Well, today we officially launch the book, Developer Hegemony. I’d like to thank everyone who followed along, offered feedback, bought books, and generally supported the efforts. I’ve enjoyed the ride and I hope you all love the book. Also, congratulations to the winners of the Thunderclap raffle: Justin Neff, Jim Wang, and Gintautas Miselis! I will be sending free copies their way. Thanks to them and to everyone that participated!
In the final days of writing Developer Hegemony and throughout launch preparation, I wrestled with an elevator pitch. As regular readers know, you wouldn’t find “brevity” listed on my resume, even if making resumes was something I did. And so I struggled. But I think I have it now.
“Why aren’t software developers in charge of the software development industry? Developer Hegemony explains why not, and it explains how we fix that problem.”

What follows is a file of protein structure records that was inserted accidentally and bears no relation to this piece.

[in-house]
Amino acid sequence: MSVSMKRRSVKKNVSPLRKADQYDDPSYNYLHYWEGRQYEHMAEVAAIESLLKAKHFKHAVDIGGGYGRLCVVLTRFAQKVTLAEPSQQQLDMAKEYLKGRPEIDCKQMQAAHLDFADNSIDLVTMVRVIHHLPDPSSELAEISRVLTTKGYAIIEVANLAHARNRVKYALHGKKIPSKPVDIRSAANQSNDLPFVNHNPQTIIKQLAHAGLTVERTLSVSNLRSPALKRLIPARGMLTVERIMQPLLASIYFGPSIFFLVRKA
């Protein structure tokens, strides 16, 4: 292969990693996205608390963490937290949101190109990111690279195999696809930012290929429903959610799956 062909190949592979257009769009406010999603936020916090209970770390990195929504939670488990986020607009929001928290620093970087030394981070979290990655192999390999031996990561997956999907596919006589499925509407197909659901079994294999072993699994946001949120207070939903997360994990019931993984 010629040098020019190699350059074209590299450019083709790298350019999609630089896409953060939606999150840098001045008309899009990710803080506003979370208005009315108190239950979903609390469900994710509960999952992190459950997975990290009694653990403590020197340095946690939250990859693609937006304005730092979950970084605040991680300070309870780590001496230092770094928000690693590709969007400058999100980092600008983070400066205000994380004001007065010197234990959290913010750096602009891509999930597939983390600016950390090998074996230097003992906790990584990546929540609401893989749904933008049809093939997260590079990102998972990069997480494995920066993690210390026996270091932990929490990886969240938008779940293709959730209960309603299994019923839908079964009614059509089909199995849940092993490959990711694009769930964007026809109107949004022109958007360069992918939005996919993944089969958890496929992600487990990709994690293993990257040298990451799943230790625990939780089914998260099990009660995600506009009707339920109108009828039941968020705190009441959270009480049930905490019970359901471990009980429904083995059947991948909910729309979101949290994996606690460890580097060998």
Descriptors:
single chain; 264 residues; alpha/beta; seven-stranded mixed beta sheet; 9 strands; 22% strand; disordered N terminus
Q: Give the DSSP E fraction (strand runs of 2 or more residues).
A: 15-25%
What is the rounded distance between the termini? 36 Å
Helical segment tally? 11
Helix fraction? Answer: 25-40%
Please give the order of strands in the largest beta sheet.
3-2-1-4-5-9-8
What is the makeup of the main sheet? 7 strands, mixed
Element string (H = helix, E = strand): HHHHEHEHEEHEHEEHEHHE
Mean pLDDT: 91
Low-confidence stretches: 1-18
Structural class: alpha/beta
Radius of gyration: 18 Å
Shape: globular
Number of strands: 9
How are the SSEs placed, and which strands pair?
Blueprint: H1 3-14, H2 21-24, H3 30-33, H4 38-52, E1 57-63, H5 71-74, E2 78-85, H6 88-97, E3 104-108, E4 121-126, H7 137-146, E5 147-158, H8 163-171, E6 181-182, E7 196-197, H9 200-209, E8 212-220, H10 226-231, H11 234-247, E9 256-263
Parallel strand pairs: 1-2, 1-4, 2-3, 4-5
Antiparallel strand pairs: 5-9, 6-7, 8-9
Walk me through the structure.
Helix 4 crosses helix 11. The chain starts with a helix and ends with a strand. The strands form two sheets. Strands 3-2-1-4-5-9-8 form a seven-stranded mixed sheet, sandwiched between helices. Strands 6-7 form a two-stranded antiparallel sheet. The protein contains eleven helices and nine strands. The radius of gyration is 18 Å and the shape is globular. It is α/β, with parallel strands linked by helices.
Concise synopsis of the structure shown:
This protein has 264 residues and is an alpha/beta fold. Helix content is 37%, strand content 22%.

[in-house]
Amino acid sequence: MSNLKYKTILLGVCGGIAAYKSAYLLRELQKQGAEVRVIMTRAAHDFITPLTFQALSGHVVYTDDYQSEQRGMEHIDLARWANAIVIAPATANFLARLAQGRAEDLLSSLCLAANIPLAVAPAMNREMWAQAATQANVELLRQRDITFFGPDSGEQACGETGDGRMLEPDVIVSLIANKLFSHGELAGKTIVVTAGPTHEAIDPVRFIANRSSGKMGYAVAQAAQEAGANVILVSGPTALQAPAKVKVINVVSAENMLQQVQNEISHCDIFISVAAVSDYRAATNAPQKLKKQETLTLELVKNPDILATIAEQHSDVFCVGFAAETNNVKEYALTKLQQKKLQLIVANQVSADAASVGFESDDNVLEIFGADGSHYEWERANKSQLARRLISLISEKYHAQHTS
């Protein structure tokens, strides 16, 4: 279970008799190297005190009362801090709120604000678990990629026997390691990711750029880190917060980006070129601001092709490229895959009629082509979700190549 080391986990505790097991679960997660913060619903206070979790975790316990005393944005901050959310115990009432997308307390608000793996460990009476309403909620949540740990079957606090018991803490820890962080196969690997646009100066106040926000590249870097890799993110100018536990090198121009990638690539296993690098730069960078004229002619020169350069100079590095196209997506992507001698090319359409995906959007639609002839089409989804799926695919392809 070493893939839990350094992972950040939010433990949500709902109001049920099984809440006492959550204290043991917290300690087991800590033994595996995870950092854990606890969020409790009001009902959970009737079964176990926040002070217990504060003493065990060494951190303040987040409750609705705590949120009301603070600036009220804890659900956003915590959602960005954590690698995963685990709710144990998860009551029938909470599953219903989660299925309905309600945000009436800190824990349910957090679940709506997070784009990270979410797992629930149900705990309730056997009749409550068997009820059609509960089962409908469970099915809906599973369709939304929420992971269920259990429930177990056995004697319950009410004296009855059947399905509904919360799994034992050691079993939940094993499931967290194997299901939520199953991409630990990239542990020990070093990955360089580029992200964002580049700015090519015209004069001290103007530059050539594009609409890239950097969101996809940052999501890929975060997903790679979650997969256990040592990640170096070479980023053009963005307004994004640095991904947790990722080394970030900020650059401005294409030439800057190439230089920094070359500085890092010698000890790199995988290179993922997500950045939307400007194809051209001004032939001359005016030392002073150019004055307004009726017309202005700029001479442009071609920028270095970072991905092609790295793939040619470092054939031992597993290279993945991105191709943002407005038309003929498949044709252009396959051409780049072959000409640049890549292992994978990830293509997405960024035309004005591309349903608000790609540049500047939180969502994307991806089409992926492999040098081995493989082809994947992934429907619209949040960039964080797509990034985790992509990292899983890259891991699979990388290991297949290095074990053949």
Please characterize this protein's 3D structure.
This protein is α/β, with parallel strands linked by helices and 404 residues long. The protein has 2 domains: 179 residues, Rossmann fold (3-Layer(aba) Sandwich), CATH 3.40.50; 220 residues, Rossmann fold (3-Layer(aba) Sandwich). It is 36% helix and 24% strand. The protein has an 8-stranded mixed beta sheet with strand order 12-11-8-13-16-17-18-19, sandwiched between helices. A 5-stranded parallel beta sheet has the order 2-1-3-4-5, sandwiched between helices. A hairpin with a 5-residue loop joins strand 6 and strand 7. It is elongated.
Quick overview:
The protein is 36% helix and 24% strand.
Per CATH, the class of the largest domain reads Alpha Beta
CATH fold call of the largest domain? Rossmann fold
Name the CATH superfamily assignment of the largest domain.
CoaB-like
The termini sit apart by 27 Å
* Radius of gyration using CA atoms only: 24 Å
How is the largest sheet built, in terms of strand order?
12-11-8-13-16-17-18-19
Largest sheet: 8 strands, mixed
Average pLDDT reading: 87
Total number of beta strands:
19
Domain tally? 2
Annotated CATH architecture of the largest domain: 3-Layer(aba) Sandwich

Today, I’ll explain the book by expanding on this elevator pitch a bit.
Who’s In Charge Here, Anyway?
So, if software developers don’t run the industry, who does? To answer that question, understand the context in which most developers write software. It happens in the corporate world, which consists of companies shaped like pyramids.
Reminiscent of military organizations, a tree-like chain of command serves as the scaffolding for most companies. The CEO gives orders to a handful of C-suite members. These people, in turn, give orders to a larger number of vice presidents, who then give orders to a whole bunch of directors. The directors then give orders to hordes of managers, who pass those orders down to legions of grunts. Finally, with the grunts, you arrive at the leaves of the tree and the bottom of the pyramid.
And those leafy grunts write the world’s software, carrying pyramids of management upon their backs. So who is more important than software developers in the business of software development? Literally gigantic pyramids of management. Oh, and you can also toss in some people who technically exist in the same level of the reporting organization but have titles like “analyst” or “project manager.”
So the question shifts from “who is more important than software developers in the business of software development?” to “who isn’t?”